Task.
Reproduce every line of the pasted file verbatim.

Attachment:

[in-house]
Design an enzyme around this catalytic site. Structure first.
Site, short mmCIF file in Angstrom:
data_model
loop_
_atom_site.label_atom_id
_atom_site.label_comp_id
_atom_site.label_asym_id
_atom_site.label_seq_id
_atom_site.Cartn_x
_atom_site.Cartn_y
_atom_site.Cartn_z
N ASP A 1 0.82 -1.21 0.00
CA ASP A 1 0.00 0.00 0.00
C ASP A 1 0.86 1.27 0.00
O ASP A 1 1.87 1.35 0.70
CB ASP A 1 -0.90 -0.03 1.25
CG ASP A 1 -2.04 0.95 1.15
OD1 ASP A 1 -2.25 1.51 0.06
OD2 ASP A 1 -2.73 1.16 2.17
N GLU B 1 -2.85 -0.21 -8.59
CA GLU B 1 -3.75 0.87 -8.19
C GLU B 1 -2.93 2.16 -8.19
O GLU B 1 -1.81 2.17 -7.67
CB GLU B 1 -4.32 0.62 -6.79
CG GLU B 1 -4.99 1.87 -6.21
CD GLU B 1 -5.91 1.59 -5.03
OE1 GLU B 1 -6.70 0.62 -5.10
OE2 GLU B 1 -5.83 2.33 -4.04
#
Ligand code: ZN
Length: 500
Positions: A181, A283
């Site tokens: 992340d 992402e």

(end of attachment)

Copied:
[in-house]
Design an enzyme around this catalytic site. Structure first.
Site, short mmCIF file in Angstrom:
data_model
loop_
_atom_site.label_atom_id
_atom_site.label_comp_id
_atom_site.label_asym_id
_atom_site.label_seq_id
_atom_site.Cartn_x
_atom_site.Cartn_y
_atom_site.Cartn_z
N ASP A 1 0.82 -1.21 0.00
CA ASP A 1 0.00 0.00 0.00
C ASP A 1 0.86 1.27 0.00
O ASP A 1 1.87 1.35 0.70
CB ASP A 1 -0.90 -0.03 1.25
CG ASP A 1 -2.04 0.95 1.15
OD1 ASP A 1 -2.25 1.51 0.06
OD2 ASP A 1 -2.73 1.16 2.17
N GLU B 1 -2.85 -0.21 -8.59
CA GLU B 1 -3.75 0.87 -8.19
C GLU B 1 -2.93 2.16 -8.19
O GLU B 1 -1.81 2.17 -7.67
CB GLU B 1 -4.32 0.62 -6.79
CG GLU B 1 -4.99 1.87 -6.21
CD GLU B 1 -5.91 1.59 -5.03
OE1 GLU B 1 -6.70 0.62 -5.10
OE2 GLU B 1 -5.83 2.33 -4.04
#
Ligand code: ZN
Length: 500
Positions: A181, A283
């Site tokens: 992340d 992402e």